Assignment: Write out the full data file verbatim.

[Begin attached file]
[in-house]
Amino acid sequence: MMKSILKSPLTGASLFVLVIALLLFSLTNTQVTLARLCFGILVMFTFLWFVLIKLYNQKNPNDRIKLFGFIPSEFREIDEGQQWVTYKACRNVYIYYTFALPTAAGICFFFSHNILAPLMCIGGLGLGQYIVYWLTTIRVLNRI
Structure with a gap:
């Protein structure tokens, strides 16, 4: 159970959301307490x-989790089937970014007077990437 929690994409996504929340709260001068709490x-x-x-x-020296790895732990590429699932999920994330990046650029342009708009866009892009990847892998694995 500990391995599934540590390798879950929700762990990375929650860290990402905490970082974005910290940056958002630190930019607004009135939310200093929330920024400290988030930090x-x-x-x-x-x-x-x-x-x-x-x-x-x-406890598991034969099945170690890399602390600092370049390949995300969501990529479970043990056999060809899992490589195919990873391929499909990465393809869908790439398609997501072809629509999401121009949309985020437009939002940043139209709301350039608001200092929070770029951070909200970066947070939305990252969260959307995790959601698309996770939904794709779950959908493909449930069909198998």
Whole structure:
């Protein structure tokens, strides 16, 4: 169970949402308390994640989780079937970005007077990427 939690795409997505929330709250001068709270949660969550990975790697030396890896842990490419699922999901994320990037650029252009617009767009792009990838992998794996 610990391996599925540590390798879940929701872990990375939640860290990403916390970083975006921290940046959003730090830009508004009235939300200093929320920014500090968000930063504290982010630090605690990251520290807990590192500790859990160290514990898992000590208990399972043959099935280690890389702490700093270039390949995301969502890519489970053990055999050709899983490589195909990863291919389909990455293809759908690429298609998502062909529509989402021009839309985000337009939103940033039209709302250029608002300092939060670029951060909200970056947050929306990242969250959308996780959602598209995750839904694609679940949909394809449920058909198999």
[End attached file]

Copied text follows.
[in-house]
Amino acid sequence: MMKSILKSPLTGASLFVLVIALLLFSLTNTQVTLARLCFGILVMFTFLWFVLIKLYNQKNPNDRIKLFGFIPSEFREIDEGQQWVTYKACRNVYIYYTFALPTAAGICFFFSHNILAPLMCIGGLGLGQYIVYWLTTIRVLNRI
Structure with a gap:
């Protein structure tokens, strides 16, 4: 159970959301307490x-989790089937970014007077990437 929690994409996504929340709260001068709490x-x-x-x-020296790895732990590429699932999920994330990046650029342009708009866009892009990847892998694995 500990391995599934540590390798879950929700762990990375929650860290990402905490970082974005910290940056958002630190930019607004009135939310200093929330920024400290988030930090x-x-x-x-x-x-x-x-x-x-x-x-x-x-406890598991034969099945170690890399602390600092370049390949995300969501990529479970043990056999060809899992490589195919990873391929499909990465393809869908790439398609997501072809629509999401121009949309985020437009939002940043139209709301350039608001200092929070770029951070909200970066947070939305990252969260959307995790959601698309996770939904794709779950959908493909449930069909198998």
Whole structure:
């Protein structure tokens, strides 16, 4: 169970949402308390994640989780079937970005007077990427 939690795409997505929330709250001068709270949660969550990975790697030396890896842990490419699922999901994320990037650029252009617009767009792009990838992998794996 610990391996599925540590390798879940929701872990990375939640860290990403916390970083975006921290940046959003730090830009508004009235939300200093929320920014500090968000930063504290982010630090605690990251520290807990590192500790859990160290514990898992000590208990399972043959099935280690890389702490700093270039390949995301969502890519489970053990055999050709899983490589195909990863291919389909990455293809759908690429298609998502062909529509989402021009839309985000337009939103940033039209709302250029608002300092939060670029951060909200970056947050929306990242969250959308996780959602598209995750839904694609679940949909394809449920058909198999």